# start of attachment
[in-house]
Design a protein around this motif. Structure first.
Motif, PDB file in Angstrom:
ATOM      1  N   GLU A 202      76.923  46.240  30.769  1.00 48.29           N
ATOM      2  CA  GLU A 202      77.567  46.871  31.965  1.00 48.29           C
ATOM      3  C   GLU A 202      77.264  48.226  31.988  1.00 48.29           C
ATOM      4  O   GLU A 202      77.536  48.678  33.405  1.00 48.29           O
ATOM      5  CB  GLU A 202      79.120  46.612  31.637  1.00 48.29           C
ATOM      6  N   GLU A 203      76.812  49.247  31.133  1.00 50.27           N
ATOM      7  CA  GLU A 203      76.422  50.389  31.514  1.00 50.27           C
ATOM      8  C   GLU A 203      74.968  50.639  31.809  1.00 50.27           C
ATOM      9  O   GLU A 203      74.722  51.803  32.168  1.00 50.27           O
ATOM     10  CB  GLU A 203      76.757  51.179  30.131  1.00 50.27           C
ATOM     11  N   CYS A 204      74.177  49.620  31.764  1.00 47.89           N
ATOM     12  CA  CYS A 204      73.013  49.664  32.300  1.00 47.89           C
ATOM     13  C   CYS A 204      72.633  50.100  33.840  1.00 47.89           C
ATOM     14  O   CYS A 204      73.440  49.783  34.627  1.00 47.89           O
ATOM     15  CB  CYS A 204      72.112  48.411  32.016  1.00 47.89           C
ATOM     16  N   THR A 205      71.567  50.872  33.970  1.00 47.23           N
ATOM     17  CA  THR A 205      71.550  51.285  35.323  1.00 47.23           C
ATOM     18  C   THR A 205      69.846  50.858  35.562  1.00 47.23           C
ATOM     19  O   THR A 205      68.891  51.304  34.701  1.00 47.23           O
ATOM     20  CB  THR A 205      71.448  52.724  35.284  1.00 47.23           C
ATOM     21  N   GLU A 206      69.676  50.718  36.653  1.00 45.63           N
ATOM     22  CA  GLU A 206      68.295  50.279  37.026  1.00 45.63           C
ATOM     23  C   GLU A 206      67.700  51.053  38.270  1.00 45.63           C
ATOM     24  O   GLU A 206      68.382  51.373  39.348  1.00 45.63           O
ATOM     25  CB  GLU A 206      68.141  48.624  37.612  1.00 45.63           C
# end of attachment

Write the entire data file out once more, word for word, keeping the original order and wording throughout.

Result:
[in-house]
Design a protein around this motif. Structure first.
Motif, PDB file in Angstrom:
ATOM      1  N   GLU A 202      76.923  46.240  30.769  1.00 48.29           N
ATOM      2  CA  GLU A 202      77.567  46.871  31.965  1.00 48.29           C
ATOM      3  C   GLU A 202      77.264  48.226  31.988  1.00 48.29           C
ATOM      4  O   GLU A 202      77.536  48.678  33.405  1.00 48.29           O
ATOM      5  CB  GLU A 202      79.120  46.612  31.637  1.00 48.29           C
ATOM      6  N   GLU A 203      76.812  49.247  31.133  1.00 50.27           N
ATOM      7  CA  GLU A 203      76.422  50.389  31.514  1.00 50.27           C
ATOM      8  C   GLU A 203      74.968  50.639  31.809  1.00 50.27           C
ATOM      9  O   GLU A 203      74.722  51.803  32.168  1.00 50.27           O
ATOM     10  CB  GLU A 203      76.757  51.179  30.131  1.00 50.27           C
ATOM     11  N   CYS A 204      74.177  49.620  31.764  1.00 47.89           N
ATOM     12  CA  CYS A 204      73.013  49.664  32.300  1.00 47.89           C
ATOM     13  C   CYS A 204      72.633  50.100  33.840  1.00 47.89           C
ATOM     14  O   CYS A 204      73.440  49.783  34.627  1.00 47.89           O
ATOM     15  CB  CYS A 204      72.112  48.411  32.016  1.00 47.89           C
ATOM     16  N   THR A 205      71.567  50.872  33.970  1.00 47.23           N
ATOM     17  CA  THR A 205      71.550  51.285  35.323  1.00 47.23           C
ATOM     18  C   THR A 205      69.846  50.858  35.562  1.00 47.23           C
ATOM     19  O   THR A 205      68.891  51.304  34.701  1.00 47.23           O
ATOM     20  CB  THR A 205      71.448  52.724  35.284  1.00 47.23           C
ATOM     21  N   GLU A 206      69.676  50.718  36.653  1.00 45.63           N
ATOM     22  CA  GLU A 206      68.295  50.279  37.026  1.00 45.63           C
ATOM     23  C   GLU A 206      67.700  51.053  38.270  1.00 45.63           C
ATOM     24  O   GLU A 206      68.382  51.373  39.348  1.00 45.63           O
ATOM     25  CB  GLU A 206      68.141  48.624  37.612  1.00 45.63           C